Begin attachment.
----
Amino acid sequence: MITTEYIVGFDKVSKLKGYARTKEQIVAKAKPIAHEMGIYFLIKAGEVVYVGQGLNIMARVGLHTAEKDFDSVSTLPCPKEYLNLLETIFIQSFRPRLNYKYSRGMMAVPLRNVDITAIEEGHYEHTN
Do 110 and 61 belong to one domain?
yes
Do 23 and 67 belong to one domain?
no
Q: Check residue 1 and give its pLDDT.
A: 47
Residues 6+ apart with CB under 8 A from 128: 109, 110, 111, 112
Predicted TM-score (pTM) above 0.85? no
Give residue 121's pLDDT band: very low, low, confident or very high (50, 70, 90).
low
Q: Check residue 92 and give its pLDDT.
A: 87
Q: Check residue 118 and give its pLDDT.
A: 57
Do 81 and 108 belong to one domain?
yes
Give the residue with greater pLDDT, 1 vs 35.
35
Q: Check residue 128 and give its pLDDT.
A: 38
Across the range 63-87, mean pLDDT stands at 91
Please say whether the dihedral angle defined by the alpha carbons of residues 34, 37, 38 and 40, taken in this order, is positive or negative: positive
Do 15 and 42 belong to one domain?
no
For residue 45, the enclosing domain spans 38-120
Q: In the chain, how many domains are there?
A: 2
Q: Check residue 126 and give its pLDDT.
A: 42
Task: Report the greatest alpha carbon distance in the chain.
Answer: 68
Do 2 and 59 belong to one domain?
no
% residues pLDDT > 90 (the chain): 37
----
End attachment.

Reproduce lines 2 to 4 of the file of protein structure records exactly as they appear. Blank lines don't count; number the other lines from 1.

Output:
Do 110 and 61 belong to one domain?
yes
Do 23 and 67 belong to one domain?